Remember the scrumptious green papaya salad you bought from the street vendor in Thailand? She asked you how spicy you wanted it and your cringed and said “Thai spicy” – knowing you may regret it later when you couldn’t feel your lips. When you came back to America, you decided to relive the experience so you went to the ‘best, most authentic’ Thai place in town and ordered the papaya salad. Utter disappointment.

After living in Vietnam for a year, now I’m back in America in search of good Asian food – but the search seems to be futile. It’s just not the same. The Pho is bland, the herbs are different, and it all seems to be ‘Americanized’ (the bigger the portions must equal better food).d Asian food, I decided that I would simply start making my own. I would channel my inner little Asian woman and fire up my wok and use excessive amounts of garlic and fish sauce – I would be cooking up Vietnamese feasts in no time!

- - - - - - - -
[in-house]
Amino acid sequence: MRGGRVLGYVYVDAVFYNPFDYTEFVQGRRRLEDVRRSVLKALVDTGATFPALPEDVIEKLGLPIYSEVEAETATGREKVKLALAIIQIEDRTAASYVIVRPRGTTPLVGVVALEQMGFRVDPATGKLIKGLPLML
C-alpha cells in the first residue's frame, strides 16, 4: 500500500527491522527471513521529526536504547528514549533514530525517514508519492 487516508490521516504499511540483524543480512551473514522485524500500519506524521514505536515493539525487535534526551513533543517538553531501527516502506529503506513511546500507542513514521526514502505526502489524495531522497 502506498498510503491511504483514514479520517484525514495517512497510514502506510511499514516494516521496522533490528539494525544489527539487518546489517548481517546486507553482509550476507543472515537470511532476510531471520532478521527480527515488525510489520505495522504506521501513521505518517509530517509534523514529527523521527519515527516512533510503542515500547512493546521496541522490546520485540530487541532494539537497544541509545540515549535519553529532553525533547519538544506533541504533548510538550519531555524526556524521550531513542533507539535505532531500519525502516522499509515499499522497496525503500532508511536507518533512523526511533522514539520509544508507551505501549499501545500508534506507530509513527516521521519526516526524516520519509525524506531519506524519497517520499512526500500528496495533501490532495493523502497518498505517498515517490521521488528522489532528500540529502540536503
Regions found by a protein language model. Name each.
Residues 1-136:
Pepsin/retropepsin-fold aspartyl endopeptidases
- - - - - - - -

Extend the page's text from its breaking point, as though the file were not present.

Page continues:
With my first stop at the grocery store I hit a big roadblock. American grocery stores are very limited with Asian cooking supplies. It’s hard to believe that in the ginormous, wide aisles of an American grocery store they don’t have rice vermicelli noodles, lemon grass, or fish sauce in a bottle larger than 8 oz. However they have prepackaged boxes of Pad Thai…just add water…ugh.

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  • Sherry Ott

    What is Ottsworld? It’s my journey! I quit my corporate IT job 2 years ago and said goodbye to blackberries, meetings and New Y…

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